That little voice

At the end of 2018, my son and two buddies went to Europe for seven weeks. They had fun, went a bit loco, and managed to come home in one piece. How did they manage to party their way around Europe and come home unscathed? I’d say there was an awful lot of luck involved in that outcome but he stepped up to be the one who checked on the whereabouts of passports, tickets, money, and travelling companions who may have wandered off. He got them to t heir flights, their train connections, and accommodations. I was really proud of him and feel a lot more comfortable about him travelling now. {Well maybe not now, ask me when Covid is a distant memory!}

He confided that a few days into the trip, he became the ‘mum’ of the group. I had officially become the voice in his head.

The old inner critic gets a bit of a bad rap. Having that voice in your head isn’t all bad. Sometimes that voice can be useful but that depends on where it came from. My son could safely use my voice as his inner critic because I’ve only ever had his best interests at heart. Anything his inner-mum is going to say to him will be loving and safe and he knows if he ignores it and trips up, the real mum isn’t going to judge him, she’ll just jump in and help him fix everything.

Who is your little voice?

My own inner voice was similarly safety-conscious and sensible thanks to my own parents, but it came with a side order of good-ol’ fashioned Gospel Hall-style judgment. The mean voice, courtesy of church people and teachers, was also trying to keep me ‘safe’. “Don’t try to be what you’re not” was keeping me “safe” from getting too big for my britches. “Women can’t be leaders or teachers of men!” was keeping me “safe” from trusting my gut and standing up for myself, and other women and girls. “Those people won’t like you,” was keeping me “safe” from the ‘wrong’ kinds of people, whoever that maybe, lest they lead me astray. “Don’t try to stand out” was keeping me “safe” from success, because according to history success can make you a target.

What my early influencers forgot to tell me was that all of the above is unavoidable, and sometimes essential, if you want to live a life worth living, so we have to train our inner voice to work for us.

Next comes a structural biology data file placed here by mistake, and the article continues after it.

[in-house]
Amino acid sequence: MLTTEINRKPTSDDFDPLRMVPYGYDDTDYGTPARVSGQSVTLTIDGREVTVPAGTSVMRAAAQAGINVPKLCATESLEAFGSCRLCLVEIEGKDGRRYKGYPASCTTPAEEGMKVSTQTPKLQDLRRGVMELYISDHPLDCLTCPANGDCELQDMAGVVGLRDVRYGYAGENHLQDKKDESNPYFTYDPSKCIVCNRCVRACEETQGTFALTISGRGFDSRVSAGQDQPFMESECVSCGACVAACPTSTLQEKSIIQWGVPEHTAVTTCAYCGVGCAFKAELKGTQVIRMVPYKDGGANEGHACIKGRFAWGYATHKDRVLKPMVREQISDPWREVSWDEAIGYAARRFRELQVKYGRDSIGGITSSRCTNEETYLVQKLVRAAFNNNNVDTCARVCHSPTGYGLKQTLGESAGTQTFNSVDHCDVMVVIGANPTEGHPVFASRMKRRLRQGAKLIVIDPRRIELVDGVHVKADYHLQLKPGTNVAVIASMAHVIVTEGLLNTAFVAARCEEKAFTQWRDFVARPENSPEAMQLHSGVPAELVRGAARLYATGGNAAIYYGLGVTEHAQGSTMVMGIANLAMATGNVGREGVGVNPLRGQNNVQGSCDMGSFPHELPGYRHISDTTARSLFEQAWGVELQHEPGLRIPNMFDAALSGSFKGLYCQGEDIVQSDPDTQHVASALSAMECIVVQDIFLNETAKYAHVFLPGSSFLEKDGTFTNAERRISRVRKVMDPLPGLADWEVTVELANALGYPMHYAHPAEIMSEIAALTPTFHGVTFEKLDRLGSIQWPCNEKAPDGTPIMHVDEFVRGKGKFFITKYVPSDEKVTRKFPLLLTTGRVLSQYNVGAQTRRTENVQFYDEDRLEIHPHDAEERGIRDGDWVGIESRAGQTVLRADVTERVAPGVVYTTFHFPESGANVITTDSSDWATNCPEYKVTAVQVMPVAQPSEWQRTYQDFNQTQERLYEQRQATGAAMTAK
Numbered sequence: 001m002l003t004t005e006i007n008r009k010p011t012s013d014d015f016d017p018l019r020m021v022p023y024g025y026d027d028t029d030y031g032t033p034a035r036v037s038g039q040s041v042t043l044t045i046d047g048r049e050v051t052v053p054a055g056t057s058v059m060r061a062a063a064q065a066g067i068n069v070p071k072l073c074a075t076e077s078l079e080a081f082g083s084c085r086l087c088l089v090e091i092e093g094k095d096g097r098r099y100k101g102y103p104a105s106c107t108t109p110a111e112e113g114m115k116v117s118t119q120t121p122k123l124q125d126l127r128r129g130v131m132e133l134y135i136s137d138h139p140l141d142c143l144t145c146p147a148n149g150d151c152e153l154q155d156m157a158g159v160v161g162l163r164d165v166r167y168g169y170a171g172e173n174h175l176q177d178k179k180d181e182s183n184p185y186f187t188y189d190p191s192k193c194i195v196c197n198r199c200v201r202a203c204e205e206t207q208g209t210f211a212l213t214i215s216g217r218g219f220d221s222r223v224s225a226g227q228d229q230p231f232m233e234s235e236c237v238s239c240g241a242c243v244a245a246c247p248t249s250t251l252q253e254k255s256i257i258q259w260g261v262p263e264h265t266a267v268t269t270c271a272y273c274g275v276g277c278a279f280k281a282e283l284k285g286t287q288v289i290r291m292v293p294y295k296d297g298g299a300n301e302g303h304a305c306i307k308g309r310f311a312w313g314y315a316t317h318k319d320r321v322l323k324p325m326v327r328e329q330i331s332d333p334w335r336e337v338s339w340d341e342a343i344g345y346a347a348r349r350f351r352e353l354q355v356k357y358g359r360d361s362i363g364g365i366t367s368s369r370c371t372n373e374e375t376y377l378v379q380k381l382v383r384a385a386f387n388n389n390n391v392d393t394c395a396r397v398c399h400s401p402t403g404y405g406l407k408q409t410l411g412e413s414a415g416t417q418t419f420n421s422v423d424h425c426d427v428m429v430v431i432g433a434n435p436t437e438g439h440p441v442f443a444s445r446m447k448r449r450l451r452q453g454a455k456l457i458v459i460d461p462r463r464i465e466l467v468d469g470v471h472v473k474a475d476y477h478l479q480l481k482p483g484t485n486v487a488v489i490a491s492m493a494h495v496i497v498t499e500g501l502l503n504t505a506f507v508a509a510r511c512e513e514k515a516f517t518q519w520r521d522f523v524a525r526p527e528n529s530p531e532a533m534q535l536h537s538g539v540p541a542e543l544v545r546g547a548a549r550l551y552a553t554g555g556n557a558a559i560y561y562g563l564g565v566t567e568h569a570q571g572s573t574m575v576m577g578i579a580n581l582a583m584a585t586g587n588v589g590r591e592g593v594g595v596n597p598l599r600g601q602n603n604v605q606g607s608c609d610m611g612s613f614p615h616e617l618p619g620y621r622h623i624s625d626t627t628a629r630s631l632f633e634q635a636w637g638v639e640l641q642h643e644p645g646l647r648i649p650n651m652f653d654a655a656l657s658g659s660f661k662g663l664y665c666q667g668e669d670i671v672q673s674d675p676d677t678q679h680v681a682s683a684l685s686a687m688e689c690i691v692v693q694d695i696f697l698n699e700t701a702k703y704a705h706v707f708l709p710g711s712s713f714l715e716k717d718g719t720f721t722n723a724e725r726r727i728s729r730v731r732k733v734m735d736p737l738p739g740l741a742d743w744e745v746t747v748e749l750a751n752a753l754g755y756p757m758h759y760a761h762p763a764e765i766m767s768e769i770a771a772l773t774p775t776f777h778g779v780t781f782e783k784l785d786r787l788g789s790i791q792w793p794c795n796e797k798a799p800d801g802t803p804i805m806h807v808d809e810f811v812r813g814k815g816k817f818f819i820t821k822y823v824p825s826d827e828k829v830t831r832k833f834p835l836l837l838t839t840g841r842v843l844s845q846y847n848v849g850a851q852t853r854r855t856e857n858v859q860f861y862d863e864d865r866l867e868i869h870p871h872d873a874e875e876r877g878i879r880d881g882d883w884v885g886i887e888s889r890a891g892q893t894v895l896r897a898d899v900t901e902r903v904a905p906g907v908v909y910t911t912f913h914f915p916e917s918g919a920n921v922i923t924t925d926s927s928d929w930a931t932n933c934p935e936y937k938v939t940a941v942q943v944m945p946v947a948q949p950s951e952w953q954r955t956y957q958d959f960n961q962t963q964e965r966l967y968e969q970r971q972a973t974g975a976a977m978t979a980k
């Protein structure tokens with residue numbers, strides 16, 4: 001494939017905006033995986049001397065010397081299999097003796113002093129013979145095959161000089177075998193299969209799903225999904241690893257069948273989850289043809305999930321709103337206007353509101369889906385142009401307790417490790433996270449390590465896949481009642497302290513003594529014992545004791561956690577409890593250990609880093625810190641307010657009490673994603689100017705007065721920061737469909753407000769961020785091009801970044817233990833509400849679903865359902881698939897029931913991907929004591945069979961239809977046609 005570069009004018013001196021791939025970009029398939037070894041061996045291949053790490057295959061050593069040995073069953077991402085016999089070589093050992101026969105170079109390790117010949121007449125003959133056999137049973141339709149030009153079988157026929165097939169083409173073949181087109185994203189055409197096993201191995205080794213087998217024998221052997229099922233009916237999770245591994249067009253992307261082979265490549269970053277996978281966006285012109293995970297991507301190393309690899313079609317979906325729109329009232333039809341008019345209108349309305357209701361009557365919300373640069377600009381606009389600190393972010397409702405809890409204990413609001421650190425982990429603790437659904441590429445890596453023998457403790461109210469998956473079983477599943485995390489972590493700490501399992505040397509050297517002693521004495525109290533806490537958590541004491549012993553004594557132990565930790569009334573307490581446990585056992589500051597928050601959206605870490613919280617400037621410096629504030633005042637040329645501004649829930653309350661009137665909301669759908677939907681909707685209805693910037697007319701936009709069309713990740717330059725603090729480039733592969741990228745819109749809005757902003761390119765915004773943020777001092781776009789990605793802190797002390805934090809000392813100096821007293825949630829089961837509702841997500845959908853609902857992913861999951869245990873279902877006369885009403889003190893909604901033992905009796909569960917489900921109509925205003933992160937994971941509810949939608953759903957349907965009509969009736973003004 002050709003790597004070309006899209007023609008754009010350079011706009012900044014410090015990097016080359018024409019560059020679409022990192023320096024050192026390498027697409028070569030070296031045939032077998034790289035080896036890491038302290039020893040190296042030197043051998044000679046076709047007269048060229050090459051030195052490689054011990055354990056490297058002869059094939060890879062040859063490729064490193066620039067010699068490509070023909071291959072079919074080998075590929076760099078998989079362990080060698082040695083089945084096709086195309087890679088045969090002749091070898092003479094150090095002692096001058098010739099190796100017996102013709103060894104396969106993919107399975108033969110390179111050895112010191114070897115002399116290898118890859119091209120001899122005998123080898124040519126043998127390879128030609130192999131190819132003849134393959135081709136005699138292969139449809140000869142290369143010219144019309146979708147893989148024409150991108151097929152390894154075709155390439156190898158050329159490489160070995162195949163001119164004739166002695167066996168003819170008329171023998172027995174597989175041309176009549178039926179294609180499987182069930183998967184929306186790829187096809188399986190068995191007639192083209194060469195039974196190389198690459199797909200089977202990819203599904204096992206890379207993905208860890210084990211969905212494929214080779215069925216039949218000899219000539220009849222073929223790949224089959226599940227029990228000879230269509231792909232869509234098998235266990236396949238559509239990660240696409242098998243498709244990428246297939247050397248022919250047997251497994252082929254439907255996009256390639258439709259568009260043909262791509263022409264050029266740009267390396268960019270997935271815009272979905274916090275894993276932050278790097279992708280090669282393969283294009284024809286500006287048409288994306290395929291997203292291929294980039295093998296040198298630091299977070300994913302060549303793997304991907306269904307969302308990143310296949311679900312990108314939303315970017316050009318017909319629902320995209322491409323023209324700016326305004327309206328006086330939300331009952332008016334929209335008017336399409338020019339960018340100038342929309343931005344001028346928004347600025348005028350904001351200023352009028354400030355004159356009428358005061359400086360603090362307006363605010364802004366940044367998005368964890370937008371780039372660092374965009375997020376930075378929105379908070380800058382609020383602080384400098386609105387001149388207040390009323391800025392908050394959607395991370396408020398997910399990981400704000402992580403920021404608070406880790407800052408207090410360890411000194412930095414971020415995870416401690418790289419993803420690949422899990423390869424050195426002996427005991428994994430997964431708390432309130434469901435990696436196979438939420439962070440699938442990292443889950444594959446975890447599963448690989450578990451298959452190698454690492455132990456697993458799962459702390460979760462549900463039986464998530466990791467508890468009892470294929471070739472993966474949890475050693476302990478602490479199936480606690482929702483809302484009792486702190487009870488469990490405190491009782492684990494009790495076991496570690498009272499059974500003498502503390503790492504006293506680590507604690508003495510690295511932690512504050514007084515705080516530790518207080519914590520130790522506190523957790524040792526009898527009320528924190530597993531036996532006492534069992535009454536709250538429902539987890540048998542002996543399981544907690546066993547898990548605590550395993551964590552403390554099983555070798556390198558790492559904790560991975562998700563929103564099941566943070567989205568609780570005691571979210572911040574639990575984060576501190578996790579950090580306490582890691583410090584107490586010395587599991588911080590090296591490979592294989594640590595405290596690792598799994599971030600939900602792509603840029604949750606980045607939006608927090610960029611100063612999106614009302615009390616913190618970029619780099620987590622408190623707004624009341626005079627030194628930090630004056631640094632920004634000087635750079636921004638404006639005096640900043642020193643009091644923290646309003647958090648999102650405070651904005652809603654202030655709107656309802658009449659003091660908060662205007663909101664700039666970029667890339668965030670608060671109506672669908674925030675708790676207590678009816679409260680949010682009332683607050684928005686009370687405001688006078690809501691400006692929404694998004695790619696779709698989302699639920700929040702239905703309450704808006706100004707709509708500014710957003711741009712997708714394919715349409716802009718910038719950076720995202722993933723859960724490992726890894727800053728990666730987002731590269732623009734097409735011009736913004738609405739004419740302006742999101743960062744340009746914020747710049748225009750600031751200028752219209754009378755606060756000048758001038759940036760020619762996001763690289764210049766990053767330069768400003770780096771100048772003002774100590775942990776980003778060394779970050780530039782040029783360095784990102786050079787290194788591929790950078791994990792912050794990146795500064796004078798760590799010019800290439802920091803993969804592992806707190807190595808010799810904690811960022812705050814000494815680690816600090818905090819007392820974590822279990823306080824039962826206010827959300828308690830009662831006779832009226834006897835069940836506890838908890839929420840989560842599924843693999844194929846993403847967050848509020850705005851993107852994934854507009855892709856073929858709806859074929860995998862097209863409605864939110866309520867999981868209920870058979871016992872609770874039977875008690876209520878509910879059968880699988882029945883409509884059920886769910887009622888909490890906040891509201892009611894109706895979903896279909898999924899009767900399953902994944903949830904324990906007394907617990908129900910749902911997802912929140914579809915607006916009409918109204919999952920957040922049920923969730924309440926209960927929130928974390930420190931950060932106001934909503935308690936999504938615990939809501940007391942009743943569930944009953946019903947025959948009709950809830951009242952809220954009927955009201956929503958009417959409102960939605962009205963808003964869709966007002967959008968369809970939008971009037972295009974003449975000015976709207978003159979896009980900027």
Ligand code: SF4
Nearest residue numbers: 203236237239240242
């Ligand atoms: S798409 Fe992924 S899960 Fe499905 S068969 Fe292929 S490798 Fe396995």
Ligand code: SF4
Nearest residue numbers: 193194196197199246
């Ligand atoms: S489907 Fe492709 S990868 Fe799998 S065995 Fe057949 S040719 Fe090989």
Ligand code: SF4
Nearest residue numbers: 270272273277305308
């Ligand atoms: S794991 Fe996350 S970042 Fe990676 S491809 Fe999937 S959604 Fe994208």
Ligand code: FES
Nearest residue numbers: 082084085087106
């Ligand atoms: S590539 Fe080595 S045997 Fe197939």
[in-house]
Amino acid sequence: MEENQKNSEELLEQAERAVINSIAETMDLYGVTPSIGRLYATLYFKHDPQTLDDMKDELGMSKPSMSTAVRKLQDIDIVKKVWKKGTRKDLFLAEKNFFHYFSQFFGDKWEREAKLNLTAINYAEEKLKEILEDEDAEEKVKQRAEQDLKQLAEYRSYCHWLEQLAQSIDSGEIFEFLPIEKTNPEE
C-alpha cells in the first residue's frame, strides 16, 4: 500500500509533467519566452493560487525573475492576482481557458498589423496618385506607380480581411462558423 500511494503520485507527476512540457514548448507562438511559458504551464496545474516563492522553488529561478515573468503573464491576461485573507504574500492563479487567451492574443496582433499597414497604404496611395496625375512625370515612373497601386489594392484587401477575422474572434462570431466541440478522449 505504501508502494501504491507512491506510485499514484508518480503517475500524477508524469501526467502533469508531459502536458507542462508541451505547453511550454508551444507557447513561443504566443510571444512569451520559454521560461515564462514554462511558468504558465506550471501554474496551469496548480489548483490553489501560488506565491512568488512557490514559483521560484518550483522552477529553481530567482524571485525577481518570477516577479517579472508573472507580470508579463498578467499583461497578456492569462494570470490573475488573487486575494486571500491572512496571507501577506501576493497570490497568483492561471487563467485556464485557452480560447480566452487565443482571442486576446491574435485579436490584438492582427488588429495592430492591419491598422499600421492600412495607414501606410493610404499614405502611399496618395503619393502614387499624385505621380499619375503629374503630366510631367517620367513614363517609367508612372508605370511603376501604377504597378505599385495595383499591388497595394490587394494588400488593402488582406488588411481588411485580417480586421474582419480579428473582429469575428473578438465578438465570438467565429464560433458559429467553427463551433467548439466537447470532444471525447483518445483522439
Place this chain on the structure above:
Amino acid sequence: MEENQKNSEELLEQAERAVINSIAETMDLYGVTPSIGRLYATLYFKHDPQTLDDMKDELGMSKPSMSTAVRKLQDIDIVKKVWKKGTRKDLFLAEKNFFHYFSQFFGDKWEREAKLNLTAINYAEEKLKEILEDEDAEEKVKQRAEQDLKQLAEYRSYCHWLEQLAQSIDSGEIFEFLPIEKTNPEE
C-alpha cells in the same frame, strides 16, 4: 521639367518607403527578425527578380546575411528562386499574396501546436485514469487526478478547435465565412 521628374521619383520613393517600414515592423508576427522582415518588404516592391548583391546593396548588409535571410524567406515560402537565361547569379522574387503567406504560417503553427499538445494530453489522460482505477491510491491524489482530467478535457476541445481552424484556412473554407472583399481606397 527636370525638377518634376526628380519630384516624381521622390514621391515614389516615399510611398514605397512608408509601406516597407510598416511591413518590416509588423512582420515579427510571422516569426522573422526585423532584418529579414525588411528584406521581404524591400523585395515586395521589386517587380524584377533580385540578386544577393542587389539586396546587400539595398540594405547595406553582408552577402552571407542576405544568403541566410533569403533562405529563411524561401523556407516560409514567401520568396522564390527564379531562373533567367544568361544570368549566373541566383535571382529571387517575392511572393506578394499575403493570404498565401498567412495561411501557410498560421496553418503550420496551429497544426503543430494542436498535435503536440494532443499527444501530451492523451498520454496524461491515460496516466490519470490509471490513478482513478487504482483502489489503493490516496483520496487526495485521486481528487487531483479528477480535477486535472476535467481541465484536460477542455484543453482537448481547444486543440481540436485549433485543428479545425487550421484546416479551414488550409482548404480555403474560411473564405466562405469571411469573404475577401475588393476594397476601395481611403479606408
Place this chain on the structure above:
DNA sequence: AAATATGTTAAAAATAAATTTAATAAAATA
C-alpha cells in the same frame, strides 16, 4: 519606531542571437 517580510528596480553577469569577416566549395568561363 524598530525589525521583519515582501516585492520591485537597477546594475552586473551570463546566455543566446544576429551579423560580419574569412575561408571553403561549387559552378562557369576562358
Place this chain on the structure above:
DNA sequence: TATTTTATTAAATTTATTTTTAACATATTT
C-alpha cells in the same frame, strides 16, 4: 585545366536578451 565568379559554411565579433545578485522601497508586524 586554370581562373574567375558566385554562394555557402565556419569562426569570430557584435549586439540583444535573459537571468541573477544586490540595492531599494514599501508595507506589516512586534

With the right training, our inner critic reminds us when we’re saying yes when we want to say no. It can guide us towards positive experiences and away from people who we know are going to hurt us or our careers. When we unpack our baggage and understand the false beliefs we’ve taken on board we can listen to the voice as intuition.

Regular readers will know I’m a huge fan of journaling. There is nothing like it for taming the negative inner voice. I write 3 pages, stream of consciousness, long hand every morning. Just write whatever mush is going around in my head. (I got the idea from Julia Cameron’s book The Artists’ Way. She calls the practice Morning Pages.) Seriously, if you’ve got that loop that plays over and over in your head, there is nothing like journaling to contain it and turn it into something positive. This is perfect for creatives but everyone will benefit from it. The important thing is to remember not to get caught up in the story. Dump and run!

Once again, I am going to throw down a challenge. Join me in writing each day, journaling daily – 3 pages, long-hand, stream-of-consciousness writing. Writing whatever comes into your mind, even if it is simply describing everything in the room.

Whatever comes up and with no judgement and no resistance! Write it down then burn it if you have to, like medical waste, but just write it. Write all your secrets and your shame. If it’s too bad to write, imagine the damage it’s doing to your insides.

Another great technique and a useful prompt for your journaling is the Emotional Guidance Scale by David R Hawkins and popularised by Esther Hicks. You can move through the emotions, starting at your current point and working your way towards the top with sentences. For example, when I was working in the Dream Job, I often felt rubbish about my self and my place at work. I’m horrified now at how often I was in fear and grief, jealousy and insecurity and had to use this scale to bring myself up to Joy. Sometimes I was so wretched I couldn’t get past Hopefulness or even Contentment.

Page 114 Ask and it is Given by Esther and Jerry Hicks

I used the technique this morning in my pages, focusing on the frustration and Overwhelm I’m feeling around setting up direct sales of my books here on the website. I worked through Pessimism (I don’t know why I am bothering because no one wants to read my books…) Boredom (argh, I just want to get back to fiction writing and not waste my time on this shit!) and so on and so forth until I got to the JOY of knowing that once I have learned this and set it up, I will feel so knowledgeable and empowered, and I’ll have the freedom of selling my books and building my audience.

The original emotional guidance scale by David R Hawkins. The link to the OP no longer works unfortunately.

A word of warning to all would-be journal-ers: I don’t want to be too dramatic here, but this will change your life. You have been warned. When I first started journaling, some truly ugly stuff came out. Stuff I wouldn’t like anyone else to read. I am lucky, my family won’t read the stuff I ask them to read let alone go poking around for my word vomits. You have been warned, Morning Pages will change your life and your art.

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